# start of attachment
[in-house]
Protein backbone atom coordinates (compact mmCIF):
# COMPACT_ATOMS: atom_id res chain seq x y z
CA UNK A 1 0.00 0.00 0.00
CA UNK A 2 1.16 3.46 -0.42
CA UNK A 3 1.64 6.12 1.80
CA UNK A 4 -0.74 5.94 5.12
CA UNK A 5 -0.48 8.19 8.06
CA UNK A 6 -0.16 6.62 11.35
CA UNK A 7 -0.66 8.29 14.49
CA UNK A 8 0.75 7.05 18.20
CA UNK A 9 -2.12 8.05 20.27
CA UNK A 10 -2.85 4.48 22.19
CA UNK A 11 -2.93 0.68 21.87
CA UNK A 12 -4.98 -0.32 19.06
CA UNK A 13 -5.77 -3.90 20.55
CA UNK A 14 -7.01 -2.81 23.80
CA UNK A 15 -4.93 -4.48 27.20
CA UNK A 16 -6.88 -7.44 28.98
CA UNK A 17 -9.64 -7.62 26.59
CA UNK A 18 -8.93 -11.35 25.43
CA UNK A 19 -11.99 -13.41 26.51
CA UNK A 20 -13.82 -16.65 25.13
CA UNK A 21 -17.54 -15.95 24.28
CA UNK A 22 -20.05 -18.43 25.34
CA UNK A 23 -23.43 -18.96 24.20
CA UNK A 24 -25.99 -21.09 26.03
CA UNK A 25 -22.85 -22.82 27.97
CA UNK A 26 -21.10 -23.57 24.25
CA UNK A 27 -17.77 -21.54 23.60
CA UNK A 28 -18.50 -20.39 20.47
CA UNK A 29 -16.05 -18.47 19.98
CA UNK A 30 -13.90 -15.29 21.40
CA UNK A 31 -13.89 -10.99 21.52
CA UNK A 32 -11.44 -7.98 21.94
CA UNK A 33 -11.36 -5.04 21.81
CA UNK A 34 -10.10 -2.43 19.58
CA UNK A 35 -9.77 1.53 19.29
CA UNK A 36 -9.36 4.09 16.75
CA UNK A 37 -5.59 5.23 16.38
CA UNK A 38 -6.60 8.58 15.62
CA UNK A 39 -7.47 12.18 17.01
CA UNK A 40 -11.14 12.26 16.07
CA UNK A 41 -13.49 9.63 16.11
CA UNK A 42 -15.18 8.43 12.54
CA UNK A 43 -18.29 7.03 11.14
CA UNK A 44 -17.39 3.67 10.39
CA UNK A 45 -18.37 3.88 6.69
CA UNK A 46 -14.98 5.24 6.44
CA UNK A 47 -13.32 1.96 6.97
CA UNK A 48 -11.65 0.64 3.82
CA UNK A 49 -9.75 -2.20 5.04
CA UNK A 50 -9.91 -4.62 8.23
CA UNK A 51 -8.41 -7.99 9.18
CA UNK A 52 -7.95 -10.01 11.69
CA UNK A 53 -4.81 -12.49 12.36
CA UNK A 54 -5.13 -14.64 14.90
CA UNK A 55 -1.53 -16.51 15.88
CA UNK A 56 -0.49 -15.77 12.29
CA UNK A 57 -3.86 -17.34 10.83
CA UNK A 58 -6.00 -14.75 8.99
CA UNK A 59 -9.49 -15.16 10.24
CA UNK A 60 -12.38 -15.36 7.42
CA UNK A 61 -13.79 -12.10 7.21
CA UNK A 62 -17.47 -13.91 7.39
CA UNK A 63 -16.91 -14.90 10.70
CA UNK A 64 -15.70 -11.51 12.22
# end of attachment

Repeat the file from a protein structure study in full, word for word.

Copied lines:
[in-house]
Protein backbone atom coordinates (compact mmCIF):
# COMPACT_ATOMS: atom_id res chain seq x y z
CA UNK A 1 0.00 0.00 0.00
CA UNK A 2 1.16 3.46 -0.42
CA UNK A 3 1.64 6.12 1.80
CA UNK A 4 -0.74 5.94 5.12
CA UNK A 5 -0.48 8.19 8.06
CA UNK A 6 -0.16 6.62 11.35
CA UNK A 7 -0.66 8.29 14.49
CA UNK A 8 0.75 7.05 18.20
CA UNK A 9 -2.12 8.05 20.27
CA UNK A 10 -2.85 4.48 22.19
CA UNK A 11 -2.93 0.68 21.87
CA UNK A 12 -4.98 -0.32 19.06
CA UNK A 13 -5.77 -3.90 20.55
CA UNK A 14 -7.01 -2.81 23.80
CA UNK A 15 -4.93 -4.48 27.20
CA UNK A 16 -6.88 -7.44 28.98
CA UNK A 17 -9.64 -7.62 26.59
CA UNK A 18 -8.93 -11.35 25.43
CA UNK A 19 -11.99 -13.41 26.51
CA UNK A 20 -13.82 -16.65 25.13
CA UNK A 21 -17.54 -15.95 24.28
CA UNK A 22 -20.05 -18.43 25.34
CA UNK A 23 -23.43 -18.96 24.20
CA UNK A 24 -25.99 -21.09 26.03
CA UNK A 25 -22.85 -22.82 27.97
CA UNK A 26 -21.10 -23.57 24.25
CA UNK A 27 -17.77 -21.54 23.60
CA UNK A 28 -18.50 -20.39 20.47
CA UNK A 29 -16.05 -18.47 19.98
CA UNK A 30 -13.90 -15.29 21.40
CA UNK A 31 -13.89 -10.99 21.52
CA UNK A 32 -11.44 -7.98 21.94
CA UNK A 33 -11.36 -5.04 21.81
CA UNK A 34 -10.10 -2.43 19.58
CA UNK A 35 -9.77 1.53 19.29
CA UNK A 36 -9.36 4.09 16.75
CA UNK A 37 -5.59 5.23 16.38
CA UNK A 38 -6.60 8.58 15.62
CA UNK A 39 -7.47 12.18 17.01
CA UNK A 40 -11.14 12.26 16.07
CA UNK A 41 -13.49 9.63 16.11
CA UNK A 42 -15.18 8.43 12.54
CA UNK A 43 -18.29 7.03 11.14
CA UNK A 44 -17.39 3.67 10.39
CA UNK A 45 -18.37 3.88 6.69
CA UNK A 46 -14.98 5.24 6.44
CA UNK A 47 -13.32 1.96 6.97
CA UNK A 48 -11.65 0.64 3.82
CA UNK A 49 -9.75 -2.20 5.04
CA UNK A 50 -9.91 -4.62 8.23
CA UNK A 51 -8.41 -7.99 9.18
CA UNK A 52 -7.95 -10.01 11.69
CA UNK A 53 -4.81 -12.49 12.36
CA UNK A 54 -5.13 -14.64 14.90
CA UNK A 55 -1.53 -16.51 15.88
CA UNK A 56 -0.49 -15.77 12.29
CA UNK A 57 -3.86 -17.34 10.83
CA UNK A 58 -6.00 -14.75 8.99
CA UNK A 59 -9.49 -15.16 10.24
CA UNK A 60 -12.38 -15.36 7.42
CA UNK A 61 -13.79 -12.10 7.21
CA UNK A 62 -17.47 -13.91 7.39
CA UNK A 63 -16.91 -14.90 10.70
CA UNK A 64 -15.70 -11.51 12.22